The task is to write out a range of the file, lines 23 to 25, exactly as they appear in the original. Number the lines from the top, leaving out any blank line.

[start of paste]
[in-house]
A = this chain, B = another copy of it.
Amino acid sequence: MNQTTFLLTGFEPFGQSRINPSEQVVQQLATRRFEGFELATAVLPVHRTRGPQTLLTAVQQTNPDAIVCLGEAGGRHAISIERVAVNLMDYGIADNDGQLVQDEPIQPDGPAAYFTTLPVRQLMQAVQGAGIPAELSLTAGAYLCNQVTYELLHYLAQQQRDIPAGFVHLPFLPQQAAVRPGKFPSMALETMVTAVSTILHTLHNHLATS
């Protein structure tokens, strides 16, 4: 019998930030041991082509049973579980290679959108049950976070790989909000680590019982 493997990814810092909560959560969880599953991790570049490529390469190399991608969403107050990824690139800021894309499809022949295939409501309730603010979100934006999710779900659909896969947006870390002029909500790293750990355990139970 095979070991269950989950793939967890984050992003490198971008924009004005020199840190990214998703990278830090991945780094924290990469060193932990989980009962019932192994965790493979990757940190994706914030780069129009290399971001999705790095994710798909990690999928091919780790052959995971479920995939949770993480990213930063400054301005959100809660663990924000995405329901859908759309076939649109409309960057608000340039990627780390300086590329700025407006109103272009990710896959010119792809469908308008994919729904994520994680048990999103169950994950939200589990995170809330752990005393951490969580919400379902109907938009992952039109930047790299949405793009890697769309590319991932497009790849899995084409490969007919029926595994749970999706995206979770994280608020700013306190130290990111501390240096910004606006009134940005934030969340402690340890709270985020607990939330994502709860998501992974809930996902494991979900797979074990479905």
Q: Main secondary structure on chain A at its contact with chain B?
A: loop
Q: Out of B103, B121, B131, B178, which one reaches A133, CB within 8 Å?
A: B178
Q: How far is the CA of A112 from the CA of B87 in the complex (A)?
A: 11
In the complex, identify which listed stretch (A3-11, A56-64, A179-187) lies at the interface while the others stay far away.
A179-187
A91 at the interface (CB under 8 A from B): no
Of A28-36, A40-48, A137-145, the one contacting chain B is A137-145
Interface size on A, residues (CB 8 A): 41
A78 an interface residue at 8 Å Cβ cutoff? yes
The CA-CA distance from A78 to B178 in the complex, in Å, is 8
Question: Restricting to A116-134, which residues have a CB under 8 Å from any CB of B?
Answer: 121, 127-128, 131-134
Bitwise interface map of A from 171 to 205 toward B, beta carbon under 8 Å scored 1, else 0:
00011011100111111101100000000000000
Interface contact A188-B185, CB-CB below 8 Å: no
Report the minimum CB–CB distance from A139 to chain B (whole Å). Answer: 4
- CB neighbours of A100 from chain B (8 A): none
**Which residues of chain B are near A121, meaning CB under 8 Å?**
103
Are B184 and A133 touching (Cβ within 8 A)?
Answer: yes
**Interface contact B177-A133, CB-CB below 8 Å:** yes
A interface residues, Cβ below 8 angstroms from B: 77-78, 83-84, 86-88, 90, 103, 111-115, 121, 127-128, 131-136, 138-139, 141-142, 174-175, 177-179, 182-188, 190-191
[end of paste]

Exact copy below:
Report the minimum CB–CB distance from A139 to chain B (whole Å). Answer: 4
- CB neighbours of A100 from chain B (8 A): none
**Which residues of chain B are near A121, meaning CB under 8 Å?**